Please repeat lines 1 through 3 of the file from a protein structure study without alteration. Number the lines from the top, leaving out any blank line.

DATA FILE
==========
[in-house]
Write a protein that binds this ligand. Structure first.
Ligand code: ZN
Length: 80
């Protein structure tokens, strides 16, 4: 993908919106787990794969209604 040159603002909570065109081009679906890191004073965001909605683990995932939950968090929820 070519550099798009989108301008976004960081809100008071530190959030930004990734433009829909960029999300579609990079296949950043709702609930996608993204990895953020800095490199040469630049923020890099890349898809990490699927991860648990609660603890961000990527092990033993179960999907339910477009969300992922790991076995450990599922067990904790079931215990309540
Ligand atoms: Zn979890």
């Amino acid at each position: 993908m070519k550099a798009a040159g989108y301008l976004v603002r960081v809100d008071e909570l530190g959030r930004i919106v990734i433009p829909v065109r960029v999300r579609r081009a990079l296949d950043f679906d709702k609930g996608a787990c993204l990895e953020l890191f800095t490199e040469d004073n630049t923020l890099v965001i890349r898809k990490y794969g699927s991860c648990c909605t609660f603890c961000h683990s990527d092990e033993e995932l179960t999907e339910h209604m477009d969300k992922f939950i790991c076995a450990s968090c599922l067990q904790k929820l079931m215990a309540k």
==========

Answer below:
[in-house]
Write a protein that binds this ligand. Structure first.
Ligand code: ZN